WASHINGTON — The failure of a bolt used to affix emergency equipment to a subsea well in the Gulf of Mexico should spur the oil industry to write new standards for fasteners and the oversight of contractors working offshore, investigators say.
At issue is the Dec. 18, 2012 separation of the Transocean Discoverer India’s lower marine riser package from a blowout preventer at the top of a Chevron well in the Gulf of Mexico. The incident was quickly traced back to failed H4 connector bolts manufactured by GE Oil and Gas and prompted the replacement of more than 10,000 of the fasteners.
But according to a newly completed probe conducted for offshore energy regulators at the Interior Department, the underlying problems may be more far-reaching.
The investigation concurred with a separate analysis by Transocean, Chevron and GE that the root cause of the 2012 disconnect was hydrogen-induced stress corrosion cracking from brittle bolts.
According to the investigation report, a GE subcontractor relying on an older set of equipment standards did not give the bolts a required post-electroplating treatment that could have helped prevent the problem. An inadequate coat of paint on one portion of the bolt heads also was a contributing factor.
But the problems weren’t caught by a GE quality management system in place because it audited only first-tier level suppliers, such as GE contractors, and did not extend to subcontractors, including the one performing the electroplating coating of the bolts.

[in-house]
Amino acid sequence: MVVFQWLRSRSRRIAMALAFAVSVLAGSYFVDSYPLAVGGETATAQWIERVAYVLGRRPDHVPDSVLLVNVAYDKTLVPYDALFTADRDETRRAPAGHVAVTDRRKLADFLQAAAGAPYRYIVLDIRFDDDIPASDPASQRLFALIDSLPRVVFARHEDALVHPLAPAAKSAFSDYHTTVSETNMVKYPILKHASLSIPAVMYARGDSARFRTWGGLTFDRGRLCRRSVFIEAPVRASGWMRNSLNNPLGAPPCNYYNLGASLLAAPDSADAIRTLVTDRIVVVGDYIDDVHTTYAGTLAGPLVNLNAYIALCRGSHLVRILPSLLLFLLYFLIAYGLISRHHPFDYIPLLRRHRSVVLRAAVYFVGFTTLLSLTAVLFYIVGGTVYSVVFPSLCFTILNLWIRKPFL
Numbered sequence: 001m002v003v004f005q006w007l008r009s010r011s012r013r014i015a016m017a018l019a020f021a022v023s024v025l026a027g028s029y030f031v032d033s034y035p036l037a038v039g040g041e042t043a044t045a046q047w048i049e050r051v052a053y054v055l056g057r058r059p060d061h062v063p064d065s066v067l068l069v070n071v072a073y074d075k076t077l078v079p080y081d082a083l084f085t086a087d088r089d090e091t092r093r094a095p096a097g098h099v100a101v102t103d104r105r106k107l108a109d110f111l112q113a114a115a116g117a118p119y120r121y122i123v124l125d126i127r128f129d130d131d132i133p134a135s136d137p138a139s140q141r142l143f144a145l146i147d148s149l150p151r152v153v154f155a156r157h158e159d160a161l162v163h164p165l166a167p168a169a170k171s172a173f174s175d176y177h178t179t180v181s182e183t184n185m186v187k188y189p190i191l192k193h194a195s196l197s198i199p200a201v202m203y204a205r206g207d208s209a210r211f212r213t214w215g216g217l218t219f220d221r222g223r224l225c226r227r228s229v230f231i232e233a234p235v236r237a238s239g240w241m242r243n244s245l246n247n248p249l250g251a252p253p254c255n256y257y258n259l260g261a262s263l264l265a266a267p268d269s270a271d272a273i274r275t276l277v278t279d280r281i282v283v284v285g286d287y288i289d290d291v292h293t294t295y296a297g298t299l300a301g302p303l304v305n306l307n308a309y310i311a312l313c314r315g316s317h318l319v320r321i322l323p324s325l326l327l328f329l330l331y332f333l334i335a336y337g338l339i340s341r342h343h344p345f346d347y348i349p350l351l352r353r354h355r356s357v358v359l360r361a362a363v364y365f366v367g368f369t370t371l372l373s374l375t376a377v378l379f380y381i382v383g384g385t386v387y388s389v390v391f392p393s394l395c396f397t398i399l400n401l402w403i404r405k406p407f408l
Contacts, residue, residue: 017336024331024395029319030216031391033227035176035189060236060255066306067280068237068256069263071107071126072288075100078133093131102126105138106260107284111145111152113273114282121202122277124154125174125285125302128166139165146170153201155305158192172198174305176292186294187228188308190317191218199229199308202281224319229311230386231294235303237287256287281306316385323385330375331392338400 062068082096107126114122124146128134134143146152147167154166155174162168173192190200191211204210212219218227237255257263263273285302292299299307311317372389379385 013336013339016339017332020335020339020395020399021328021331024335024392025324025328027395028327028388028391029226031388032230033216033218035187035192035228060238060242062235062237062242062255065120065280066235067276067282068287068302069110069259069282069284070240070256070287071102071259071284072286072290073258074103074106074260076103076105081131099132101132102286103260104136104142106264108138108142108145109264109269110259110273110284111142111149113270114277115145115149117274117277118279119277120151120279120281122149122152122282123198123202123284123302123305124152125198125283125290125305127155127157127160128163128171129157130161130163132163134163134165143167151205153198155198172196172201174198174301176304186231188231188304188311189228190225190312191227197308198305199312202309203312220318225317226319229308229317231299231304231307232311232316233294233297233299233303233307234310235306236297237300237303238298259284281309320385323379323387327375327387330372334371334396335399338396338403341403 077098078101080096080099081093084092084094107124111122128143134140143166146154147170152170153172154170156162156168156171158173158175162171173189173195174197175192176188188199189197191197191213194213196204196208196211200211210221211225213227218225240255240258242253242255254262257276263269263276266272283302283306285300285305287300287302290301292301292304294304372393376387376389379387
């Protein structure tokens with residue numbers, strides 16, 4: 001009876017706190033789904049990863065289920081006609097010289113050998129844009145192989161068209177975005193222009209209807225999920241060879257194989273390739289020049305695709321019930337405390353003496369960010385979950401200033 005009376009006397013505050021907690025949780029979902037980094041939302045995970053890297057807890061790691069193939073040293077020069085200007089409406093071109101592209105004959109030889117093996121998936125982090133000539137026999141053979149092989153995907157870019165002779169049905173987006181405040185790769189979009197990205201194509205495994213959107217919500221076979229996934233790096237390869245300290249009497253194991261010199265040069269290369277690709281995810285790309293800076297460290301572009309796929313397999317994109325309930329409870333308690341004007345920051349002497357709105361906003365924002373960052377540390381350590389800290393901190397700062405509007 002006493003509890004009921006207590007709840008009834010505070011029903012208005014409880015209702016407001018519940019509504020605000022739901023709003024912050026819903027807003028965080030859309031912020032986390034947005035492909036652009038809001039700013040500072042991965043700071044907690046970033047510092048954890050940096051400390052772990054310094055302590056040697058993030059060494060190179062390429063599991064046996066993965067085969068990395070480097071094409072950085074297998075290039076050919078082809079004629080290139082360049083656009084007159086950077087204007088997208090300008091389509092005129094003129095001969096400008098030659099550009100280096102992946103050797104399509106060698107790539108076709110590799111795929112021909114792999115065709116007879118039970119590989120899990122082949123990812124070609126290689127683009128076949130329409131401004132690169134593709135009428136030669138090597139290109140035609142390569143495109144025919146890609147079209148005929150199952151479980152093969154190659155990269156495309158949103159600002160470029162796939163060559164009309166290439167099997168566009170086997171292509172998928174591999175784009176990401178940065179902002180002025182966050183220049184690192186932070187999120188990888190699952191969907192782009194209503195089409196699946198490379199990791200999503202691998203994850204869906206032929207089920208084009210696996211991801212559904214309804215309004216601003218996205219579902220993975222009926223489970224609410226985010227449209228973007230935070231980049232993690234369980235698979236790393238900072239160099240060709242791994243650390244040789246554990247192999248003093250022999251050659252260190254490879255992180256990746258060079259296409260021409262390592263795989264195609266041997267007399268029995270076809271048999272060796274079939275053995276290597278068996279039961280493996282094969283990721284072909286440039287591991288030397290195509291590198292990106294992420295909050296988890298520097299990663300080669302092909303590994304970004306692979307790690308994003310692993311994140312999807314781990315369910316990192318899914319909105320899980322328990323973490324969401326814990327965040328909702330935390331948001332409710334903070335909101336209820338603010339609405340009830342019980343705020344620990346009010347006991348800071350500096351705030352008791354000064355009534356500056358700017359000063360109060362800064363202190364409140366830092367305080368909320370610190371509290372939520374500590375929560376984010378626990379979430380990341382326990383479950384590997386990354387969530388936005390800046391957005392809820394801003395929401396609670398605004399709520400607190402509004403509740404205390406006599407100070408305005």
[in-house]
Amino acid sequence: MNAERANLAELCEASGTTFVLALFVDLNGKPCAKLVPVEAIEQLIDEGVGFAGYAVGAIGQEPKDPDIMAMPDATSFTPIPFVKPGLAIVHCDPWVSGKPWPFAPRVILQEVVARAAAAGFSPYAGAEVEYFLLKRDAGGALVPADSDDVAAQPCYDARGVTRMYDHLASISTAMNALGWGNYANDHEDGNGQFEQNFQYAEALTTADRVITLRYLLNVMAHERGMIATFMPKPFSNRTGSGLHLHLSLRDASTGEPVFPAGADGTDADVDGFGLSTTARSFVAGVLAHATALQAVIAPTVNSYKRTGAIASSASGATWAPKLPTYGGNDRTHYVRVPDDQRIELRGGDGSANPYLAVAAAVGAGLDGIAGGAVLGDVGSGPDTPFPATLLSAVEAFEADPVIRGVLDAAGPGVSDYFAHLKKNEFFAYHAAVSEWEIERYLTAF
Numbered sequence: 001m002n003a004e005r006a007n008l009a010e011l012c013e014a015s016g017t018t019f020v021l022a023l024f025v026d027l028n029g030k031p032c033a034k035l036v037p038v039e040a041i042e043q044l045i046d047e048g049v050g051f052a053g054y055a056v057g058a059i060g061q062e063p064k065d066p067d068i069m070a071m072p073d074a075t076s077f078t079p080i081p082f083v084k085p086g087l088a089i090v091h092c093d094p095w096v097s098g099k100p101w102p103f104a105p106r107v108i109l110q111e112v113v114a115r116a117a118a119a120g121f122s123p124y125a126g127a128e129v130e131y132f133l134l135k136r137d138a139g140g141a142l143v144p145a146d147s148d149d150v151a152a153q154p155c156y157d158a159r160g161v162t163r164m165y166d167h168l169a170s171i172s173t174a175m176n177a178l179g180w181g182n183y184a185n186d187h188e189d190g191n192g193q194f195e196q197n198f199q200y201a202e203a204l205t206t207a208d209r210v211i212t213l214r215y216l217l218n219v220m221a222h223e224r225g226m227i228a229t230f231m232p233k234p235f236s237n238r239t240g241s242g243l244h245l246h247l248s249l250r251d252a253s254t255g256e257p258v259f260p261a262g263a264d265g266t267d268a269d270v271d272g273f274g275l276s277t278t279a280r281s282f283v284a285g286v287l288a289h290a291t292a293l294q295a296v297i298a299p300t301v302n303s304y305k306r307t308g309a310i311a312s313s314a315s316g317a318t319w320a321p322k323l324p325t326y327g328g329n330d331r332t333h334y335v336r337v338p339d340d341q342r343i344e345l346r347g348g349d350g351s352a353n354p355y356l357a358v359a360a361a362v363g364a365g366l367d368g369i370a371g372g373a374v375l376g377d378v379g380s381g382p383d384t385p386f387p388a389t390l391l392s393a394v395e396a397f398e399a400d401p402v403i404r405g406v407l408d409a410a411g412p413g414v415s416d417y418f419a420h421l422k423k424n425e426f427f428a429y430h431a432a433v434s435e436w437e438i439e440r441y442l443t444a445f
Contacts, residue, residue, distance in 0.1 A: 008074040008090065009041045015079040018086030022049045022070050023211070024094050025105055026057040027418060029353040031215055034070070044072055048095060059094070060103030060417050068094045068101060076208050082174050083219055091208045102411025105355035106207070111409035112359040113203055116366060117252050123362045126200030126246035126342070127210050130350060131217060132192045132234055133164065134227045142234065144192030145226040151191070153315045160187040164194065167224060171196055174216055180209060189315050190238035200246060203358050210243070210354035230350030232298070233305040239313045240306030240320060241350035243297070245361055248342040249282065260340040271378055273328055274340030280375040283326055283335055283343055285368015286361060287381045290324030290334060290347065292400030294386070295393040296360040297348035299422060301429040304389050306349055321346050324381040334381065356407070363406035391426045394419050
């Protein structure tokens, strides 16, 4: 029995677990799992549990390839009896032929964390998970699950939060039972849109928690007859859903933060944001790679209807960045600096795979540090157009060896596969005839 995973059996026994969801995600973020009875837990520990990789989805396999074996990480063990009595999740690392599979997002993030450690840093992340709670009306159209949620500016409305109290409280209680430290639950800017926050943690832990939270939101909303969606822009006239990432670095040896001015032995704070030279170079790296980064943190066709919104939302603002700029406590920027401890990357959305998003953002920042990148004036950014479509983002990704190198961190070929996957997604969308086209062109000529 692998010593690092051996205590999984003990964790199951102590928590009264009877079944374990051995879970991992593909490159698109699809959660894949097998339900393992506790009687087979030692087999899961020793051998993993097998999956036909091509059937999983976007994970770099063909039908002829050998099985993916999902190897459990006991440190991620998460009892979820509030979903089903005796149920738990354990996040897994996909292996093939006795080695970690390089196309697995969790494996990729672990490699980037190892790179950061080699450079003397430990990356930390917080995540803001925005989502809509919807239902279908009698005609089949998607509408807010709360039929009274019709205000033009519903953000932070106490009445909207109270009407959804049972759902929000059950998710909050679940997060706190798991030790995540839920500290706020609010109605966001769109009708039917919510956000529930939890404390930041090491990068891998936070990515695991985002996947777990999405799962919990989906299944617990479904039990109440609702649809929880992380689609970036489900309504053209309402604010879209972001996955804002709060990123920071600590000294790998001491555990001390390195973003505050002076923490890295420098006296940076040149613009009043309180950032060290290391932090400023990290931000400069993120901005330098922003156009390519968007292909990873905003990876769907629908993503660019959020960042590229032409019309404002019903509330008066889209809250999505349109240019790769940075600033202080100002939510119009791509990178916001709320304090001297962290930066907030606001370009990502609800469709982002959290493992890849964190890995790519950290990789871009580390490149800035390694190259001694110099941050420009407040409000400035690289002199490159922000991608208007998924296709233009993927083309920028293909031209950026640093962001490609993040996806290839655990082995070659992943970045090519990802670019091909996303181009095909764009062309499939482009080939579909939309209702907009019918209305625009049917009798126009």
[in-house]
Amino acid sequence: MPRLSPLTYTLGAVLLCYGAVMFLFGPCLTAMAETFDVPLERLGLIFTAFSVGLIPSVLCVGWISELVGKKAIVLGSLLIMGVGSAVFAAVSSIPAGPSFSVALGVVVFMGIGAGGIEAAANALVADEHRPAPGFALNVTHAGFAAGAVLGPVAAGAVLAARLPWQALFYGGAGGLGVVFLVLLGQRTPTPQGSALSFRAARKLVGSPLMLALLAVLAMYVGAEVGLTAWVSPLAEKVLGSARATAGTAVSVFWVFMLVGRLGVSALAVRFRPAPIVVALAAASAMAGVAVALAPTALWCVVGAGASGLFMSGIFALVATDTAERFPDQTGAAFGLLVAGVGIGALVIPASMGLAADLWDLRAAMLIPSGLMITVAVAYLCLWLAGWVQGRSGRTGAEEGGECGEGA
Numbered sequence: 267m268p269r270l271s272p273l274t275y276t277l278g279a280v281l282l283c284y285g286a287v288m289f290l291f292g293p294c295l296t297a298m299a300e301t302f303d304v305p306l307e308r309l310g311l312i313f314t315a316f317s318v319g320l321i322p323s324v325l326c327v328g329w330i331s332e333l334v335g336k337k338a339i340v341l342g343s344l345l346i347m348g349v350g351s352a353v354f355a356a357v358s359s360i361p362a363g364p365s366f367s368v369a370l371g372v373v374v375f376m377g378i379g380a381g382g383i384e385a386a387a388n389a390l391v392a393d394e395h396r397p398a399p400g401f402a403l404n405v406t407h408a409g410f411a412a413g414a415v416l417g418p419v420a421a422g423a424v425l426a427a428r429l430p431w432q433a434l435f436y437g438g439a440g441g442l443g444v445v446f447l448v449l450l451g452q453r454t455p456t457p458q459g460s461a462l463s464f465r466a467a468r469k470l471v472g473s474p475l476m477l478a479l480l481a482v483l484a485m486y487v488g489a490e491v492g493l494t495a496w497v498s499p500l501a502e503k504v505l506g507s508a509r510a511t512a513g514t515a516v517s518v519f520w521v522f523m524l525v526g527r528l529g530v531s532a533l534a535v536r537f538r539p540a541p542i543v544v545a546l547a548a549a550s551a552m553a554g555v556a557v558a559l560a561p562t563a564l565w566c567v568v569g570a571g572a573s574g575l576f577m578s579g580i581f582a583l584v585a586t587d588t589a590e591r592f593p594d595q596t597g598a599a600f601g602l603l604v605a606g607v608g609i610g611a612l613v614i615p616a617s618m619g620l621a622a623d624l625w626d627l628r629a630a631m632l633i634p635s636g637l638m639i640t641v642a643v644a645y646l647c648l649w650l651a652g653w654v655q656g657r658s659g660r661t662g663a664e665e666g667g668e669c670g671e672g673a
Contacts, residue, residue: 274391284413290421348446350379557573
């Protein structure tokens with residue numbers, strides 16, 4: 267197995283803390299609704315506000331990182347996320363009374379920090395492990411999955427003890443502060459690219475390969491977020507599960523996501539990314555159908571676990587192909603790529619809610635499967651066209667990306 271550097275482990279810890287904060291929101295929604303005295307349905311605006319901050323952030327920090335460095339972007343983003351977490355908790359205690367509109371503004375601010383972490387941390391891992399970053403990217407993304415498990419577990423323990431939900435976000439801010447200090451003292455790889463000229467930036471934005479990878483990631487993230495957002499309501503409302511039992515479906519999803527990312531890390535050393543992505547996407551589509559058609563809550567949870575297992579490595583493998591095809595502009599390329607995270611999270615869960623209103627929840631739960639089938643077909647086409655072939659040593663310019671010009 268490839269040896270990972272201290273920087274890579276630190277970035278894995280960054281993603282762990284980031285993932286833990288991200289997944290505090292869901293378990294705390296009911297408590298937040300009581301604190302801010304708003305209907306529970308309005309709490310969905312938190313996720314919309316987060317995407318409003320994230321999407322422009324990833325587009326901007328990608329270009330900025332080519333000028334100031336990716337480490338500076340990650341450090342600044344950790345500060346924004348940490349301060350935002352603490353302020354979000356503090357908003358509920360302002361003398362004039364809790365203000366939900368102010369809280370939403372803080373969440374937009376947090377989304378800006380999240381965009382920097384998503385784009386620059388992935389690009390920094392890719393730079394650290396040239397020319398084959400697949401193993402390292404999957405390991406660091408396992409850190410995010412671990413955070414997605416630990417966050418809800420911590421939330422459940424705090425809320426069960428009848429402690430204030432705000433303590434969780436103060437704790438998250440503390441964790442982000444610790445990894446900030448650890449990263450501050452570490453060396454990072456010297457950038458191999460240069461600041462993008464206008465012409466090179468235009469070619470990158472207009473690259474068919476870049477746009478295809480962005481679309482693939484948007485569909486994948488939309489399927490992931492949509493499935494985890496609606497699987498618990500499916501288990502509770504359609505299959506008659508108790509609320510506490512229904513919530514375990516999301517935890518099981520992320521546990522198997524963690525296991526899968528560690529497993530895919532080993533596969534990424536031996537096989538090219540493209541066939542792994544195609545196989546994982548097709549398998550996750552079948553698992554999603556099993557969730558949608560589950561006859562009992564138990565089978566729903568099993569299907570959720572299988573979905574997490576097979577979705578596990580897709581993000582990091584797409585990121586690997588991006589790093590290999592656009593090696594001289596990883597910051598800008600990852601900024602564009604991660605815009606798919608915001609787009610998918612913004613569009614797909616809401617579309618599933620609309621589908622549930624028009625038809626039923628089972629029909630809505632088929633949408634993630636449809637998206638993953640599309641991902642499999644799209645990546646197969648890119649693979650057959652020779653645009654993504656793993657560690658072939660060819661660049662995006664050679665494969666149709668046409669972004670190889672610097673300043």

The investigators advised the Bureau of Safety and Environmental Enforcement to encourage the industry to improve its quality management standards to address the use of manufacturers’ subcontractors.
And it said the industry should develop “a consistent set of standards for connections and connection fasteners” used in subsea oil and gas equipment, with clear guidance on material hardness.
“Existing industry standards do not adequately address bolting/connector performance in subsea marine applications,” the report said. An API standard that provides requirements for blowout prevent connectors “does not contain material property requirements for the connection bolting used for subsea applications.”
The report was conducted by the bureau’s Quality Control-Failure Incident Team.
Bureau Director Brian Salerno said in a statement that a joint industry research project could examine “issues involving material hardness, coatings and cathodic protection for subsea equipment.”
“This is an important area for research, particularly for materials being utilized in operations in high temperature and high pressure settings and in other frontier areas such as the Arctic,” he said.
Salerno also said he would highlight “the need for enhanced equipment reliability through better quality control standards and data sharing.”
The American Petroleum Institute, which writes industry standards, said it was reviewing the report.